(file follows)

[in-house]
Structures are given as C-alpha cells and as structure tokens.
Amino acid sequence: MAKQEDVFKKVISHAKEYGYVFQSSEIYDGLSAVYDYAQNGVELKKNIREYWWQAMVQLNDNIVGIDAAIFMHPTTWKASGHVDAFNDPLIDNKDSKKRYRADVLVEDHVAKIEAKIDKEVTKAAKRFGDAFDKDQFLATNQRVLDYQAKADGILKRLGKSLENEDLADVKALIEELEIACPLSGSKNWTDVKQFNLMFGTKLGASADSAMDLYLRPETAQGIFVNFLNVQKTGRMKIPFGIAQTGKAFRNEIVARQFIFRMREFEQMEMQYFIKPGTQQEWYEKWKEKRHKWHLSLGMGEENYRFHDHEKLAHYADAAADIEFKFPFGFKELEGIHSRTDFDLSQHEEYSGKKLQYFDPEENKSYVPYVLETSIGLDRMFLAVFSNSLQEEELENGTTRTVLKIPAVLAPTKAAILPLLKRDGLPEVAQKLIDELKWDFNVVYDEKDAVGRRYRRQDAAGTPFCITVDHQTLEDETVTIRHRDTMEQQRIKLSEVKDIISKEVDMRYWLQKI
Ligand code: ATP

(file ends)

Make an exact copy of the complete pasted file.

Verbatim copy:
[in-house]
Structures are given as C-alpha cells and as structure tokens.
Amino acid sequence: MAKQEDVFKKVISHAKEYGYVFQSSEIYDGLSAVYDYAQNGVELKKNIREYWWQAMVQLNDNIVGIDAAIFMHPTTWKASGHVDAFNDPLIDNKDSKKRYRADVLVEDHVAKIEAKIDKEVTKAAKRFGDAFDKDQFLATNQRVLDYQAKADGILKRLGKSLENEDLADVKALIEELEIACPLSGSKNWTDVKQFNLMFGTKLGASADSAMDLYLRPETAQGIFVNFLNVQKTGRMKIPFGIAQTGKAFRNEIVARQFIFRMREFEQMEMQYFIKPGTQQEWYEKWKEKRHKWHLSLGMGEENYRFHDHEKLAHYADAAADIEFKFPFGFKELEGIHSRTDFDLSQHEEYSGKKLQYFDPEENKSYVPYVLETSIGLDRMFLAVFSNSLQEEELENGTTRTVLKIPAVLAPTKAAILPLLKRDGLPEVAQKLIDELKWDFNVVYDEKDAVGRRYRRQDAAGTPFCITVDHQTLEDETVTIRHRDTMEQQRIKLSEVKDIISKEVDMRYWLQKI
Ligand code: ATP